Is Soy Good or Bad for You? Here's the Truth

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Much like coffee, chocolate, and red wine, it seems like health experts have a different verdict on soy every other week. Sure, there are plenty of studies that tout the bean's many benefits. But claims that, say, link soy to cancer and hormonal imbalances are enough to make us take pause when someone passes the bowl of edamame at our fave sushi joint. So, which is it? Do we avoid tofu like the plague or down a glass of soy milk without a care in the world? We asked some nutrition experts—and dove into the vast amount of research on the subject—to find out.

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In spite of soy's complicated reputation as of late, the research in its favor is undeniable. "Soy is very high in nutritional value," says Stephanie Taibe, a nutritionist at Find Your Trainer. "It's plant-derived and a source of eight amino acids, making it the only complete non-animal protein. Therefore it is a healthy source of fiber, B vitamins, calcium, and omega-3 fatty acids."

Soy also gets a bad rap for potentially messing with hormones—that's thanks to the fact that the soybean is naturally rich in isoflavones, a form of plant-based estrogen. However, this kind of estrogen is much weaker than the hormones found in our bodies, meaning you'd have to eat a lot of soy to make a negative impact. In fact, consuming these isoflavones in moderate amounts can be quite useful for some people, says Dana James, an NYC-based nutritionist. "If you have low estrogen levels, then organic soy can be helpful in rebalancing hormones," she says.

As for soy's correlation with breast cancer, that's where things get a little more complicated. There have been plenty of claims that since soy mimics estrogen, it can stimulate estrogen-sensitive breast cancer cells. However, most experts argue that there is no substantial research to support this and that eating moderate amounts of soy is safe even for cancer survivors. On the flip side, claims that soy intake during adulthood can prevent breast cancer are also largely unsubstantiated. Some studies support the idea that a healthy consumption of soy during adolescence can help lower the risk of breast cancer in adulthood.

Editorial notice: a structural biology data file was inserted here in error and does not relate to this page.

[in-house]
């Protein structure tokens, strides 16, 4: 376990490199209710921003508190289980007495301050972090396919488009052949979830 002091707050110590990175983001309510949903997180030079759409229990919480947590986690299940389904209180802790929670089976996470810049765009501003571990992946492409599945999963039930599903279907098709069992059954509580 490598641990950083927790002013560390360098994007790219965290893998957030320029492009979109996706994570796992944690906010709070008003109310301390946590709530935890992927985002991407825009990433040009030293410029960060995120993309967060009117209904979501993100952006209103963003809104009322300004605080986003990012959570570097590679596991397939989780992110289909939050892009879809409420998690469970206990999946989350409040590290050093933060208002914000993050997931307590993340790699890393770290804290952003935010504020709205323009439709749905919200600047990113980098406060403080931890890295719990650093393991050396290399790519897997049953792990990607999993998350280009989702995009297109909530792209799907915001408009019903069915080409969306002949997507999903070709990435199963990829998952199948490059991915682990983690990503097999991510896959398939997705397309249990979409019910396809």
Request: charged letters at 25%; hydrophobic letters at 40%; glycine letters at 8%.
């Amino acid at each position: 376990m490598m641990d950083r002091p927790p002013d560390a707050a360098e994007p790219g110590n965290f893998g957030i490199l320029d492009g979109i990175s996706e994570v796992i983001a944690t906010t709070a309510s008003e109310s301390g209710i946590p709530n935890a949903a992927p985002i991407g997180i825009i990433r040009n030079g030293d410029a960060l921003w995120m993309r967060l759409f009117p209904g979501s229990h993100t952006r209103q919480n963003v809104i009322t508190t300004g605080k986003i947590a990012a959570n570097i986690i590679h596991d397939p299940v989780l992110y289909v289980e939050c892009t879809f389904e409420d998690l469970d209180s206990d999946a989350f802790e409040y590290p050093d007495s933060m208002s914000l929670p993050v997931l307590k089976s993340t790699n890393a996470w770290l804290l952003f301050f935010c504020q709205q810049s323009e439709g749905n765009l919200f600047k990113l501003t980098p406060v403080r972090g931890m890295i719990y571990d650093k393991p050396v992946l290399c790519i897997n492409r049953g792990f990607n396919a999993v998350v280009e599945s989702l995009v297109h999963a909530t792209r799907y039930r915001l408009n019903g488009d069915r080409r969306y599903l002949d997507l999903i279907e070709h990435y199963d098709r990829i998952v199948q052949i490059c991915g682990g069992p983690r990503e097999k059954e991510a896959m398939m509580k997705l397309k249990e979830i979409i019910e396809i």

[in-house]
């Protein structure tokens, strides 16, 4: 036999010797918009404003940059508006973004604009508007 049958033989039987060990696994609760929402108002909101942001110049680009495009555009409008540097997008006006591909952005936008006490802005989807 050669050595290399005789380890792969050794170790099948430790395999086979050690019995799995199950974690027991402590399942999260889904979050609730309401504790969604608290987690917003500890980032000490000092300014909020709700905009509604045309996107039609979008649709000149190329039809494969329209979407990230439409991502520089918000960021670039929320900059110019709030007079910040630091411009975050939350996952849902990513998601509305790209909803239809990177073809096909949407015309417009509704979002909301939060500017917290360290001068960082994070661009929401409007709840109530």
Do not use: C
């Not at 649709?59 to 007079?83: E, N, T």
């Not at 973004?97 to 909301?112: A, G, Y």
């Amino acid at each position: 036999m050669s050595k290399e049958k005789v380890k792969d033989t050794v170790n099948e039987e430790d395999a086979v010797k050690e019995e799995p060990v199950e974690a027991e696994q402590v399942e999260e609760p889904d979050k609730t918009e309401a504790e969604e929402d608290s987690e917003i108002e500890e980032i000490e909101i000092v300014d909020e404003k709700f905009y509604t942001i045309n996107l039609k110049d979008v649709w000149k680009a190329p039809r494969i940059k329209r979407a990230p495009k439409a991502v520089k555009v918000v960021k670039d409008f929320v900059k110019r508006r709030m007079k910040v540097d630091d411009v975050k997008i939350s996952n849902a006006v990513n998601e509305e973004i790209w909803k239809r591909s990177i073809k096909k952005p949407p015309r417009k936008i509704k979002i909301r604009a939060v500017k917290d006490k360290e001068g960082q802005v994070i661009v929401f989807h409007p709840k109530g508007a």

Of course, everything we eat is dependent on our metabolism and bodily makeup, and soy is no exception. "If you have too much estrogen (you're prone to PMS, fibroids, endometriosis) then eating large quantities of soy might exacerbate the hormonal imbalance," says James.

She also stresses that choosing whole, organic (or at least non-GMO) forms of soy is of the utmost importance. That means selecting less-processed forms of soy like non-GMO tofu, tempeh, and edamame. "Try to completely avoid processed soy, like soy sausages and anything with soy protein isolate in it," she says. "Many protein bars and high-protein cereal contain SPI and high-protein cereal." Because soy protein isolate contains a higher concentration of isoflavones, consuming it in excessive amounts can have an estrogenic effect on the body, she explains. Many other experts agree that until there's further research to monitor the long-term impact of consuming SPIs, it's best to avoid it when possible.

Both James and Taibe agree that when eaten in moderation, organic, minimally processed forms of soy can be a great addition to a healthy diet—taking your own body and needs under consideration, of course. "I believe the great soy debate should be broken down on an individual basis," says Taibe. "We will all metabolize soy differently. For example, if an individual has not grown up eating soy, their body may need time to adjust to its benefits, or may not reap as many benefits."

That being said, "there is little harm that could be done with finding out if it is right for your diet," she says. James adds that ensuring you're choosing organic, whole forms of soy, and practicing moderation are key: "Having soy sauce with sushi isn't an issue unless you're drinking the entire bottle!"

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